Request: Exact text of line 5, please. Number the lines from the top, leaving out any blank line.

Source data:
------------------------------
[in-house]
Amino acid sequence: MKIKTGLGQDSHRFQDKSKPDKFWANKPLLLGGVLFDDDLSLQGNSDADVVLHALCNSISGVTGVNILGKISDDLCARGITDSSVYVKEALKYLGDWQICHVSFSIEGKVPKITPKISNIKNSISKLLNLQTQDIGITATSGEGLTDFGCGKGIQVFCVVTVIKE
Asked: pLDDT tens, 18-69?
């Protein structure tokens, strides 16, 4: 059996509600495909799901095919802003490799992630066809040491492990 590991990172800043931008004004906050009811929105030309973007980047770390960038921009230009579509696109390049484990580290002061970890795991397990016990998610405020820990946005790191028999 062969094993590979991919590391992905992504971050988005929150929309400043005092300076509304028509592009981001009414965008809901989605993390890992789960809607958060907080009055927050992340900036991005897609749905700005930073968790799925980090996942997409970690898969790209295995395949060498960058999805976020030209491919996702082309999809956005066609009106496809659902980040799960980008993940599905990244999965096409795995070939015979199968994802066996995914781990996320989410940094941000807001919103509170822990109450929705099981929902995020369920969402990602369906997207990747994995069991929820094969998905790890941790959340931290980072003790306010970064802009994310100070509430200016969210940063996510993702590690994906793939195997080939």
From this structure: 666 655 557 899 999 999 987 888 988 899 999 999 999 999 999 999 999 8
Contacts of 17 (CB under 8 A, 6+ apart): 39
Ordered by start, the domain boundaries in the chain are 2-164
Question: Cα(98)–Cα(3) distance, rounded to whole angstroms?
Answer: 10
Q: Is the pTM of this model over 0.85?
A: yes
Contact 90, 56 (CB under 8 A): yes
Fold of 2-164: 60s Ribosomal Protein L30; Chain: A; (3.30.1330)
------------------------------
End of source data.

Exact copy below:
From this structure: 666 655 557 899 999 999 987 888 988 899 999 999 999 999 999 999 999 8